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On August 5, 2004, the United States signed the Dominican Republic-Central America-United States Free Trade Agreement (CAFTA-DR) with five Central American countries (Costa Rica, El Salvador, Guatemala, Honduras, and Nicaragua) and the Dominican Republic (the Parties). Under the Agreement, the Parties significantly liberalizes trade in goods and services.

The CAFTA-DR also includes important disciplines relating to: customs administration and trade facilitation, technical barriers to trade, government procurement, investment, telecommunications, electronic commerce, intellectual property rights, transparency and labor and environmental protection.

The Agreement entered into force for the United States and El Salvador on March 1, 2006; for, Honduras and Nicaragua on Aril 1 2006; and for Guatemala on July 1, 2006. The CAFTA-DR entered into force for the Dominican Republic on March 1, 2007, and for Costa Rica on January 1, 2009.

U.S.-Honduras Trade Facts

Honduras is currently our 42nd largest goods trading partner with $10.0 billion in total (two way) goods trade during 2015. Goods exports totaled $5.2 billion; goods imports totaled $4.8 billion. The U.S. goods trade surplus with Honduras was $480 million in 2015.

According to the Department of Commerce, U.S. exports of goods to Honduras supported an estimated 27 thousand jobs in 2014 (latest data available).


  • Honduras was the United States' 42nd largest goods export market in 2015.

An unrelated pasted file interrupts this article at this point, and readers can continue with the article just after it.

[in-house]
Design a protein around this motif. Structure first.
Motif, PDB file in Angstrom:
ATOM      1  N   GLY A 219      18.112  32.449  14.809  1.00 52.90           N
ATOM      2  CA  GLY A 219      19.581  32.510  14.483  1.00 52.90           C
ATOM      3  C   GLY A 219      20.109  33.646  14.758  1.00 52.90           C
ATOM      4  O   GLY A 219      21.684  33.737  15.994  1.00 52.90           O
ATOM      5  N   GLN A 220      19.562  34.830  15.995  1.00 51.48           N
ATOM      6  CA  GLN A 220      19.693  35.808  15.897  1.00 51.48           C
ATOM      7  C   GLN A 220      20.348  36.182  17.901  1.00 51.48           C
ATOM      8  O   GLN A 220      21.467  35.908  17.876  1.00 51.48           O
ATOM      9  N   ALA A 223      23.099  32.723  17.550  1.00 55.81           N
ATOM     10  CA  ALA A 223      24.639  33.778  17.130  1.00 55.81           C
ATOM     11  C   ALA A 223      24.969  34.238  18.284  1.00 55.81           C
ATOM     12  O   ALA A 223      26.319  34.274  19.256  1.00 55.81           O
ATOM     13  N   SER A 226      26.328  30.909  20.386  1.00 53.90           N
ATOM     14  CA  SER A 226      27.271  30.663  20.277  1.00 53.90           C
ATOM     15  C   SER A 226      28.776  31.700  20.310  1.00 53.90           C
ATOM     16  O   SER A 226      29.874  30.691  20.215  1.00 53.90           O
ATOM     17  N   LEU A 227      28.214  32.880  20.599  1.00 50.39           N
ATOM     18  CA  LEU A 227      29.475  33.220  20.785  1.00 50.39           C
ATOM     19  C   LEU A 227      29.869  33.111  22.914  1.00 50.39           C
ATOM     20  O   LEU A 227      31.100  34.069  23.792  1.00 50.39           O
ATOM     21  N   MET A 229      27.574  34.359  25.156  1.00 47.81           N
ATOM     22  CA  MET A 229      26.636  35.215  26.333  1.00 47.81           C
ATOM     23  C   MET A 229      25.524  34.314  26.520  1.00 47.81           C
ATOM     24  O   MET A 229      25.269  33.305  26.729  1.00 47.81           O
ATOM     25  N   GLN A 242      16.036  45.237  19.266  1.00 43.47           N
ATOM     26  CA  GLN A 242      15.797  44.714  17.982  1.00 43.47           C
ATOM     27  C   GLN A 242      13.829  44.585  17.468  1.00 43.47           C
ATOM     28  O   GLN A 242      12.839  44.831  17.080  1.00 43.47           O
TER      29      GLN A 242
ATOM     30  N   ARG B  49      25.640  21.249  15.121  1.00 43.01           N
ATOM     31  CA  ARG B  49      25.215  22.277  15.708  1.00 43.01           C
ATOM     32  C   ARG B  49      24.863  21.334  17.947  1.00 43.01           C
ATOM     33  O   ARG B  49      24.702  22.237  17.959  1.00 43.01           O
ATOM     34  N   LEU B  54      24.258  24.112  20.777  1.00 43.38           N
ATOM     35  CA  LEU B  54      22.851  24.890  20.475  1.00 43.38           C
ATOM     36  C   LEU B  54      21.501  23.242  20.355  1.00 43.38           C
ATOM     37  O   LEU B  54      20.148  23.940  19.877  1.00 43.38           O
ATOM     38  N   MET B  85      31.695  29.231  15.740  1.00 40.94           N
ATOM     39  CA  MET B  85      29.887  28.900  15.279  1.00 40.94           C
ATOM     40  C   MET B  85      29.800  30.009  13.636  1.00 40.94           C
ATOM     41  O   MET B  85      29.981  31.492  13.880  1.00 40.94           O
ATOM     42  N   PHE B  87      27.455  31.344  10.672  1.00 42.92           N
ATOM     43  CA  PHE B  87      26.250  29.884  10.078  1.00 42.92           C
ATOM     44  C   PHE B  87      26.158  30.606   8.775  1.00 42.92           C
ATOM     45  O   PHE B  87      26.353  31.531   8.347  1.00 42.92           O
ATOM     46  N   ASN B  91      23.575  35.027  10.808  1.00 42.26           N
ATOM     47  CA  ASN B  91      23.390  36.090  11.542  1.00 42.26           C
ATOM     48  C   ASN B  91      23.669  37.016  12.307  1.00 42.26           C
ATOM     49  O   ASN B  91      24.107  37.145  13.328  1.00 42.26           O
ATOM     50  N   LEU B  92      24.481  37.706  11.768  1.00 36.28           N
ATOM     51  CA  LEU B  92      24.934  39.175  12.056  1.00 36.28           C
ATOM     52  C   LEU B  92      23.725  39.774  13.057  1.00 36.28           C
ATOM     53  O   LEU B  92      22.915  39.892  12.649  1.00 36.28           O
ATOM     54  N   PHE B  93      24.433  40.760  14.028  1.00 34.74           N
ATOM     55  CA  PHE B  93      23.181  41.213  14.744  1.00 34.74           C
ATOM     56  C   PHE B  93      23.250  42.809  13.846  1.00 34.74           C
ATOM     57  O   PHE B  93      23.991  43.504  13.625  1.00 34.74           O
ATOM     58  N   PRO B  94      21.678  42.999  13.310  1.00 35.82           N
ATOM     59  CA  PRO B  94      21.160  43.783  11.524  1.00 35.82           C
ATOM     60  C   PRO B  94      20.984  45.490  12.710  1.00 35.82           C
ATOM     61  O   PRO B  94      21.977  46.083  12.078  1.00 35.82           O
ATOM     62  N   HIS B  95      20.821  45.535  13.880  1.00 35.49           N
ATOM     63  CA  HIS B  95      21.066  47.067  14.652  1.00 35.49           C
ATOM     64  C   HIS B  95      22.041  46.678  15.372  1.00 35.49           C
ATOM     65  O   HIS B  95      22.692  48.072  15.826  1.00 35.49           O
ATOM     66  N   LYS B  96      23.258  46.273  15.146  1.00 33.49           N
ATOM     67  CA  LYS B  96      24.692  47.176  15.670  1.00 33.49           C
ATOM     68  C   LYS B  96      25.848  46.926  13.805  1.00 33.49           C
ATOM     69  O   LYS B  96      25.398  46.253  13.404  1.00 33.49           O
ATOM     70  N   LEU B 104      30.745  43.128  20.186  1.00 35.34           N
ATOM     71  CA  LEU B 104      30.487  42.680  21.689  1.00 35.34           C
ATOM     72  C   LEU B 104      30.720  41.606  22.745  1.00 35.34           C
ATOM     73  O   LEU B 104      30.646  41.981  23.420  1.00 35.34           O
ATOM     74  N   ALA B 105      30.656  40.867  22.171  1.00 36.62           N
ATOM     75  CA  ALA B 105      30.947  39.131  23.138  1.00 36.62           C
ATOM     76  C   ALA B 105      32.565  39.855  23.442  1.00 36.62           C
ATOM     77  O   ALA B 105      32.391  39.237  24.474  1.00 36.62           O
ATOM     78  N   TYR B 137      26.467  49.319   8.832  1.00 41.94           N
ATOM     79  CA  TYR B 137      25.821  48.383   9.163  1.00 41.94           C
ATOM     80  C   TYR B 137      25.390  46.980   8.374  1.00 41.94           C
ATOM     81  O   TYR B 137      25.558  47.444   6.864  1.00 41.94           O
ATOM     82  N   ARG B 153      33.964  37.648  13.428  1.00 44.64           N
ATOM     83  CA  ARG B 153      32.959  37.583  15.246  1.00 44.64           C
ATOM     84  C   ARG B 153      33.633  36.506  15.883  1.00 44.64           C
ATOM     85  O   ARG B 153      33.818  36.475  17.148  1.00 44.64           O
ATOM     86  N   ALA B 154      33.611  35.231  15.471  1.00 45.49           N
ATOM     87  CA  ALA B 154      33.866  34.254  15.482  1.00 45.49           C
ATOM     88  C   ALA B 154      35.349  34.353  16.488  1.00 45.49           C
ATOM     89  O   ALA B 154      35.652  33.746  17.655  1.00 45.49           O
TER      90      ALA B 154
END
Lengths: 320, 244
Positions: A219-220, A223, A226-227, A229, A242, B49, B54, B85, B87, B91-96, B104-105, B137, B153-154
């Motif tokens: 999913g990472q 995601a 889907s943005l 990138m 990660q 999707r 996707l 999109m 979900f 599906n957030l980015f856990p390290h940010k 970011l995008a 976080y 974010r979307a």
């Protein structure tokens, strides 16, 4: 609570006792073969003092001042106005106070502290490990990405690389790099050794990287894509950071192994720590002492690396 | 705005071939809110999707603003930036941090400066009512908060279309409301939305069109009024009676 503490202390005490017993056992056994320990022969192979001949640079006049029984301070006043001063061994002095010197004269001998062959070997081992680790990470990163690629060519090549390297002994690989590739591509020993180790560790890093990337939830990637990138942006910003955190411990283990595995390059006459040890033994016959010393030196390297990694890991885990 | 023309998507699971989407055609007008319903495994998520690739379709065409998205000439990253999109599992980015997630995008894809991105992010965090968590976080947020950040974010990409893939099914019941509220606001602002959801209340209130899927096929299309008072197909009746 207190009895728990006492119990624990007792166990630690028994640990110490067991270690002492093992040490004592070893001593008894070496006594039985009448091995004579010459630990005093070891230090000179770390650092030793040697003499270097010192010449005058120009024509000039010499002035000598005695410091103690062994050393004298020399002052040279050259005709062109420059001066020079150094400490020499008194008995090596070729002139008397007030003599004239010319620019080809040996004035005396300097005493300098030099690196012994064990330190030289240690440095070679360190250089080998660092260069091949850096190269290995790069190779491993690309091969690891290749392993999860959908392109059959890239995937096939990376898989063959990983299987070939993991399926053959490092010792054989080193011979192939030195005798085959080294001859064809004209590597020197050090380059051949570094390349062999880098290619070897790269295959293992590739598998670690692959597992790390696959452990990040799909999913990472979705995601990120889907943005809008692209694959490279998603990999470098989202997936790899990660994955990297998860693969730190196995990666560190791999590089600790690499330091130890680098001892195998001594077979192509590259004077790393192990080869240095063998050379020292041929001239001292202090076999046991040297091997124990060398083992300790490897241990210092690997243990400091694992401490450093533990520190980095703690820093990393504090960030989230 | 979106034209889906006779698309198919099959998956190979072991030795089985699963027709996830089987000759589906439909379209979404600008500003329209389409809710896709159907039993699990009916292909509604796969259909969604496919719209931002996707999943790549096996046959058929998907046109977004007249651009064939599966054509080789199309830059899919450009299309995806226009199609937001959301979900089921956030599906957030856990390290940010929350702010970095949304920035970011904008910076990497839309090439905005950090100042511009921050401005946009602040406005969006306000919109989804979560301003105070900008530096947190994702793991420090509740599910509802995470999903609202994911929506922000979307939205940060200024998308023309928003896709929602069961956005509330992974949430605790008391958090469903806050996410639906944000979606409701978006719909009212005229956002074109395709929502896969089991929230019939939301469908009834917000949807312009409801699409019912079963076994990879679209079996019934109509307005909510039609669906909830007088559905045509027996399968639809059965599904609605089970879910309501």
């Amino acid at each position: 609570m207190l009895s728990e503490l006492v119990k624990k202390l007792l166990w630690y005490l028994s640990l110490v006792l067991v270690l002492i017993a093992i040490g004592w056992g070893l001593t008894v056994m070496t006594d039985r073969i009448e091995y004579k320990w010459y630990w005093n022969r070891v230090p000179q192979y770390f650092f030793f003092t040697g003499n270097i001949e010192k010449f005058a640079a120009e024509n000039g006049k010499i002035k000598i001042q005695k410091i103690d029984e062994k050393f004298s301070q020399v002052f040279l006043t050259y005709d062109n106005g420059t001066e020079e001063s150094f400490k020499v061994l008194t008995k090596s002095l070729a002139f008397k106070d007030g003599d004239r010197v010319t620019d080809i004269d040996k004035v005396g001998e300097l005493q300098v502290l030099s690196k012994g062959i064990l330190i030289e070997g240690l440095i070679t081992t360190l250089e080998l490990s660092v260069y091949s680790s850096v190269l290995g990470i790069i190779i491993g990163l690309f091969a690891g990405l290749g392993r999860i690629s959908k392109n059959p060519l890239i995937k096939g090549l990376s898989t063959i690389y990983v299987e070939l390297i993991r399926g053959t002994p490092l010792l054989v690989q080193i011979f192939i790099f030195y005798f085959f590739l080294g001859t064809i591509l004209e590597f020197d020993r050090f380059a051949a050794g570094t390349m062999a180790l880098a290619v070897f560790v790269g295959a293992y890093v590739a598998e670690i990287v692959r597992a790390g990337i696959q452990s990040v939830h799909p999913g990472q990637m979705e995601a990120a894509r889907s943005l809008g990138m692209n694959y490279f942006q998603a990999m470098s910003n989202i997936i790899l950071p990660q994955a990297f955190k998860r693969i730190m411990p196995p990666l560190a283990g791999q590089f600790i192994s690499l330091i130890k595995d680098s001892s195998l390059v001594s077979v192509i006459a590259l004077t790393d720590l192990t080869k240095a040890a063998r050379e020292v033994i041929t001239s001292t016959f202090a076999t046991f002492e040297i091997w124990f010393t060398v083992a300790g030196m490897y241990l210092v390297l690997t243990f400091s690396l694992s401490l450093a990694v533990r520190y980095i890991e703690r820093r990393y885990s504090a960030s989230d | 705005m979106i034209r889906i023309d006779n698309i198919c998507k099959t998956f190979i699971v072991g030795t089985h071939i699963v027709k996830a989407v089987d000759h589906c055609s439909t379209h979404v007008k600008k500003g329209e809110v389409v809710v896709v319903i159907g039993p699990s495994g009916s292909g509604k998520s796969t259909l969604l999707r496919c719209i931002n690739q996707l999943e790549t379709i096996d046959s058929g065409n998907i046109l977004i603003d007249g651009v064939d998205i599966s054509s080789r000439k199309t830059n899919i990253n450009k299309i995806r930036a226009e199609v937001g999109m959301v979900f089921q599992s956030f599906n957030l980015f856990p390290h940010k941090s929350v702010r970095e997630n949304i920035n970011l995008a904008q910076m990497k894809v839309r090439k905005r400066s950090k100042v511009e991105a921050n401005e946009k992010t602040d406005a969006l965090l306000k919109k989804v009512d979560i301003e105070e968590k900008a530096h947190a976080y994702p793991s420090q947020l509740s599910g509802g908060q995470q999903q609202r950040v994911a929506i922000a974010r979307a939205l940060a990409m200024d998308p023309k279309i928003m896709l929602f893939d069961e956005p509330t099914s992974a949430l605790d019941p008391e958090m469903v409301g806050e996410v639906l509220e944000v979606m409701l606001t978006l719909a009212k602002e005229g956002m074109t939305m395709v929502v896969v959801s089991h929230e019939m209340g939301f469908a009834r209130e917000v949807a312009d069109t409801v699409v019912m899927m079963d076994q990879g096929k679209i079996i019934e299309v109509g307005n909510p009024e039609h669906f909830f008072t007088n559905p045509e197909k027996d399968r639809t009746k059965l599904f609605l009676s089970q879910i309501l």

• U.S. goods exports to Honduras in 2015 were $5.2 billion, down 12% ($722 million) from 2014 but up 61% from 2005. U.S. exports to Honduras are up 61.0% from 2005 (pre-FTA).
  • The top export categories (2-digit HS) in 2015 were: mineral fuels ($1.1 billion), cotton ($670 million), special other (low value estimates, articles donated for relief) ($434 million), electrical machinery ($423 million), and manmade staple fibers ($405 million).
  • U.S. exports of agricultural products to Honduras totaled $592 million in 2015, our 37th largest agricultural export market. Leading categories include: soybean meal ($91 million), corn ($78 million), rice ($69 million), wheat ($55 million), and pork & pork products ($44 million).


  • Honduras was the United States' 42nd largest supplier of goods imports in 2015.
  • U.S. goods imports from Honduras totaled $4.8 billion in 2015, up 2.5% ($115 million) from 2014, and up 27% from 2005. U.S. imports from Honduras are up 26.9% from 2005 (pre-FTA). U.S. imports from Honduras are up 26.9% from 2005 (pre-FTA).
  • The top import categories (2-digit HS) in 2015 were: knit apparel ($2.3 billion), electrical machinery ($591 million), woven apparel ($486 million), edible fruit & nuts (bananas) ($304 million), and coffee, tea & spice (coffee) ($217 million).
  • U.S. imports of agricultural products from Honduras totaled $668 million in 2015, our 33rd largest supplier of agricultural imports. Leading categories include: bananas and plantains ($243 million), coffee, unroasted ($213 million), other fresh fruit ($60 million), fresh vegetables ($37 million), and processed fruit & vegetables ($33 million).

Trade Balance

  • The U.S. goods trade surplus with Honduras was $480 million in 2015, a 63.6% decrease ($838 million) over 2014.


  • U.S. foreign direct investment (FDI) in Honduras (stock) was $754 million in 2014 (latest data available), a 2.3% decrease from 2013. U.S. direct investment in Honduras is led by manufacturing, finance/insurance, and wholesale trade.
  • No data on Honduras's FDI in the U.S. are available.
  • Sales of services in Honduras by majority U.S.-owned affiliates were $512 million in 2013 (latest data available).

NOTE: No services trade data with Honduras are available